Painting since age 6, art has always been Hannah’s greatest passion. She loved art so much that she wanted to take art classes to learn more. After attending a few art classes, Hannah became upset and no longer wanted to take art classes.
When her mother asked what had happened, Hannah told her mother that a few kids would come to watch the kids taking art classes. When Hannah questioned the art teacher why they were not taking the art class as well, the art teacher stated that those children could not afford the art classes. So, being the inquisitive 7 year old that she was, asked why didn’t the art teacher give free art classes to the children who couldn’t afford them. The reply from the art teacher was that “she didn’t do free art classes”.
That upset Hannah to the point that she wanted to quit art classes all together. Perplexed to why adults didn’t want to help the children who couldn’t afford art classes, but were clearly talented, Hannah set out to find someone who would help the children.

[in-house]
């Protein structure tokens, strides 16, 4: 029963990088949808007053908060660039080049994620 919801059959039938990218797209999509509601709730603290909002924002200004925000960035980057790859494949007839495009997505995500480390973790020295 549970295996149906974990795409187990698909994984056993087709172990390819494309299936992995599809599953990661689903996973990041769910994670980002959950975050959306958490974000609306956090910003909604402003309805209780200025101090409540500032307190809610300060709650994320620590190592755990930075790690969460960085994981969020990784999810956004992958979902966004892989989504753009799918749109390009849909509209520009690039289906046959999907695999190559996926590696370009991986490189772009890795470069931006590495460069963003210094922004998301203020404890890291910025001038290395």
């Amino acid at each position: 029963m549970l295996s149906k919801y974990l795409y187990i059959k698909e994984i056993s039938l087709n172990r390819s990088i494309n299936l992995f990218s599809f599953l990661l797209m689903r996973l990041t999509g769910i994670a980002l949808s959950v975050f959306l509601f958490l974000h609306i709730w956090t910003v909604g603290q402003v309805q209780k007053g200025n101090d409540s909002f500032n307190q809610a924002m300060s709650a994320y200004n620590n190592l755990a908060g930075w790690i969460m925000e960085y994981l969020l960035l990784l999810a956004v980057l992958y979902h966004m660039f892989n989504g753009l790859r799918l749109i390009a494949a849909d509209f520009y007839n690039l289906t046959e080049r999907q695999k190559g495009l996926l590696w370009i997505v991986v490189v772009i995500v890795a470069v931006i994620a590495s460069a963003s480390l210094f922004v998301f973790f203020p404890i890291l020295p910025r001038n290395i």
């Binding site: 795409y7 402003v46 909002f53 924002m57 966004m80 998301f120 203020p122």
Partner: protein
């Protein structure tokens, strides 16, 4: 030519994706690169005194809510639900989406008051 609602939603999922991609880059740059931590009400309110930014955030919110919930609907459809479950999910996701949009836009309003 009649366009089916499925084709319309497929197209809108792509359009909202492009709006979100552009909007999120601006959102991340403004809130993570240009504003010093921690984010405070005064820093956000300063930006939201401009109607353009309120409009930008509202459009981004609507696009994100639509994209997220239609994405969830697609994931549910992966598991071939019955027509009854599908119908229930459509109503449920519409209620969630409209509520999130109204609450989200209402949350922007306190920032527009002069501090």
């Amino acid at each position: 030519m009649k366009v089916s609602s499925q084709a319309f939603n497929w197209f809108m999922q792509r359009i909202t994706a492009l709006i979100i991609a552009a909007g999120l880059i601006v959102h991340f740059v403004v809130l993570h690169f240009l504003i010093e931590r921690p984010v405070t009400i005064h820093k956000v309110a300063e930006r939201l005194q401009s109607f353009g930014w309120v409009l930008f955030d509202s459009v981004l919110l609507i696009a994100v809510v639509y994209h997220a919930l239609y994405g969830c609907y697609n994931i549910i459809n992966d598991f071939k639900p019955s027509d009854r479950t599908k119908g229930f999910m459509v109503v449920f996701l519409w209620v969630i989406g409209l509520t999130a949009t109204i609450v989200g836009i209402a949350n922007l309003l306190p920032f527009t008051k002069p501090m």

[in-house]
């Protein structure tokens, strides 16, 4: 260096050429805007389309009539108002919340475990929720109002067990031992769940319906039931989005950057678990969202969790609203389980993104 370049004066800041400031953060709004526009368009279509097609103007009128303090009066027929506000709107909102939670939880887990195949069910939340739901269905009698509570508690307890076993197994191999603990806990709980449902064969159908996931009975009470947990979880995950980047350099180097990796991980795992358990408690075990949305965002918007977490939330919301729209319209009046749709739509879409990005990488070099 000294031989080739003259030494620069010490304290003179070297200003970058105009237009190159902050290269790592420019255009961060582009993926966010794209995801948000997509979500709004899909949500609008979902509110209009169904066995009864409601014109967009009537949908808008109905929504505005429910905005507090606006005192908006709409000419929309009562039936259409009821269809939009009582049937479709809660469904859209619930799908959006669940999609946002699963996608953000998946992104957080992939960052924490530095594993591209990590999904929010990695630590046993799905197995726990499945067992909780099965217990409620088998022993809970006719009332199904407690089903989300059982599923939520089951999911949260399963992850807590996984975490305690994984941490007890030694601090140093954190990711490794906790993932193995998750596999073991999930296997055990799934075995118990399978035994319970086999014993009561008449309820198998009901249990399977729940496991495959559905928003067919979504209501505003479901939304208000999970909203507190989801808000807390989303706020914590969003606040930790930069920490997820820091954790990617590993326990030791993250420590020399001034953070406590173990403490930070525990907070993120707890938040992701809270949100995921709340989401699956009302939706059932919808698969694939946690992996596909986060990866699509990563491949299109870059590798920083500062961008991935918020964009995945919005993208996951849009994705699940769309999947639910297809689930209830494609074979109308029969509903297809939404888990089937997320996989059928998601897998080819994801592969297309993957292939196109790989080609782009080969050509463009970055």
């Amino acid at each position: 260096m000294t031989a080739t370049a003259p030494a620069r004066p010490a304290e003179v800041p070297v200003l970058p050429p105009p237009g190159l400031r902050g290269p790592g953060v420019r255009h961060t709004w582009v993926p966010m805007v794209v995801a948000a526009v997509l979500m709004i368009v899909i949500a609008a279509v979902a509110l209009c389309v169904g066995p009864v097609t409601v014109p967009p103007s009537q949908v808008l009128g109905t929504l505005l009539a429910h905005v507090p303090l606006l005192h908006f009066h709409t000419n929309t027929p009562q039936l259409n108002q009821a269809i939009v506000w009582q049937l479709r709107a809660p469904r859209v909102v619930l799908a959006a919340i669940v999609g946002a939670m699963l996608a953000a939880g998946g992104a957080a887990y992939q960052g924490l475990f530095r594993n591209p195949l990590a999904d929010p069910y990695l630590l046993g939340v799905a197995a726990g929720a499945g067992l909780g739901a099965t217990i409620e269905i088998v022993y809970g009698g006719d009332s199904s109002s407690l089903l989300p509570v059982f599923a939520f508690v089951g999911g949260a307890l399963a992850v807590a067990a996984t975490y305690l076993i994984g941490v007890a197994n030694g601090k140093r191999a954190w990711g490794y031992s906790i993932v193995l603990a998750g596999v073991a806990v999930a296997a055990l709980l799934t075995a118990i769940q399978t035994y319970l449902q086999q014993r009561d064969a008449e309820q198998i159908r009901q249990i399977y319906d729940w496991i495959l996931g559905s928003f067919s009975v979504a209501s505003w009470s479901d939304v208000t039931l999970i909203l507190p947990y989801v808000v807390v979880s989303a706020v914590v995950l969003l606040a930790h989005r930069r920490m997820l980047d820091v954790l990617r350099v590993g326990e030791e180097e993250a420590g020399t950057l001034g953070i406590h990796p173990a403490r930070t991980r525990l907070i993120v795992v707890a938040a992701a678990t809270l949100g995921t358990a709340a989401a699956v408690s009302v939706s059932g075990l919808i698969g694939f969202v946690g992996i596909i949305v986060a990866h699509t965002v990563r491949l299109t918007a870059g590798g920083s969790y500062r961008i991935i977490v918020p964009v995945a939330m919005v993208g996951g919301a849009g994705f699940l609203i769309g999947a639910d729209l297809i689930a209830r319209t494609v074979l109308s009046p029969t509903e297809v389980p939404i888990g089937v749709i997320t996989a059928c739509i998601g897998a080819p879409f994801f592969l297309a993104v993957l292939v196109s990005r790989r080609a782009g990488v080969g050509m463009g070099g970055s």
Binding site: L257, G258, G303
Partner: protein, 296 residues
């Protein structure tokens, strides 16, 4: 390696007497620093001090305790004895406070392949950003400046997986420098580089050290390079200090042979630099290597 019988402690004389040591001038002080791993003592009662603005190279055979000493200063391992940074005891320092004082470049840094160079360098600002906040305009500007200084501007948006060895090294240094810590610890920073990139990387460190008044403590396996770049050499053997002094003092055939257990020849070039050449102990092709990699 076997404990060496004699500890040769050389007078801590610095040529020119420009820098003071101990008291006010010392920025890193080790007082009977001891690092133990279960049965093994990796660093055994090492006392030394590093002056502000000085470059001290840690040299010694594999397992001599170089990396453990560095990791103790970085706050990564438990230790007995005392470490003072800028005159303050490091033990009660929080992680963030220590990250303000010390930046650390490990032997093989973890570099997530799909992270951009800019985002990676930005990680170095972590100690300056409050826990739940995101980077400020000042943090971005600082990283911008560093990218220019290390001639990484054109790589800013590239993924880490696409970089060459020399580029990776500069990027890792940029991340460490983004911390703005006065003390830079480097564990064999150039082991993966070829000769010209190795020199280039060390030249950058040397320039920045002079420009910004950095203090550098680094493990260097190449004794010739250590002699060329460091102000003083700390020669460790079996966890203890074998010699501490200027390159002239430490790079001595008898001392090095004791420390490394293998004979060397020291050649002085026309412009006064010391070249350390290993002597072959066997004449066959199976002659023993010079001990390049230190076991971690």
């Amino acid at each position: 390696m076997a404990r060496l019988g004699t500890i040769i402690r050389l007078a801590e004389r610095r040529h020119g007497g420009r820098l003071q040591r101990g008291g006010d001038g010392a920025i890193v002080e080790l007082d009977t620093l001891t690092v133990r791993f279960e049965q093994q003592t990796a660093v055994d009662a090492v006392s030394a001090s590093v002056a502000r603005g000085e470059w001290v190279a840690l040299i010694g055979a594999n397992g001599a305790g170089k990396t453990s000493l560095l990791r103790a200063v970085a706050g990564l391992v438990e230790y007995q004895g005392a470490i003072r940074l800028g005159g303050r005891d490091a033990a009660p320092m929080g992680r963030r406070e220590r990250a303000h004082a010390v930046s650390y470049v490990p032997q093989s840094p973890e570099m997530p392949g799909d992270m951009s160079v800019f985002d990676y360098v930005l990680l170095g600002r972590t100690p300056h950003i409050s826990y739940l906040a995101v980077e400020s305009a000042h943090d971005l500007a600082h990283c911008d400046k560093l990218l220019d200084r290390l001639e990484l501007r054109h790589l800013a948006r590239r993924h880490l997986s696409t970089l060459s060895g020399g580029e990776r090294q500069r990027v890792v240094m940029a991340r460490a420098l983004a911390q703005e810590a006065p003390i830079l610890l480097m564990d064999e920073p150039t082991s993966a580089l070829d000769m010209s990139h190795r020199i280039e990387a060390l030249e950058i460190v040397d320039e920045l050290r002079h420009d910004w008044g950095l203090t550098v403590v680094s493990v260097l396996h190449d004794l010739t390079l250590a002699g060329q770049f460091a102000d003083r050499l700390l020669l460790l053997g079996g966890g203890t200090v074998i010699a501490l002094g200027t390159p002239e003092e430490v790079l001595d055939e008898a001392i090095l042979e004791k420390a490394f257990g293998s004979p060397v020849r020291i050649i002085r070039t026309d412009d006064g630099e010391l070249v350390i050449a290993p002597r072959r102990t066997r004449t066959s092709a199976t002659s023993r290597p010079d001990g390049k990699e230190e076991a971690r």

During an art show event, she met her mentor, Dawn Thornton. After talking with Dawn, Hannah told her about her dilemma. The question Dawn set before Hannah changed her life forever. Why couldn’t she do something about herself? Could a now 8 year old little girl really do something to help underprivileged children receive free art classes?
Hannah answered that question by founding Art for All. The mission was to provide free art education such as art classes, camps and art mentoring for underprivileged children in rural Alabama.
To date, Art 4 All, which was recently renamed to Art Squared, has helped more that 15,000 children and has reached nationwide. Hannah was able to take her cause to as far as Washington, D.C. and at age 9, Hannah took on the Nation’s Capital to teach workshops to adult on how to use cost effective ways to teach art to children.
Hannah continues to be an outspoken advocate for free art education and received commendation from city Mayors, Governors and state senates.
But soon, another cause struck close to her heart. Hannah lost her grandfather to Pancreatic Cancer in February 2012. After doing research, Hannah soon found that Pancreatic Cancer had only an 8% over 5 years and how underfunded Pancreatic Cancer research is, Hannah knew she wanted to be a part of helping find a cure.
Once again, Hannah used her skills to create the Walton Foundation for Pancreatic Cancer Research. Through paint party fundraisers held in November for National Pancreatic Cancer Awareness Month, Hannah raises money to help fund Pancreatic Cancer research.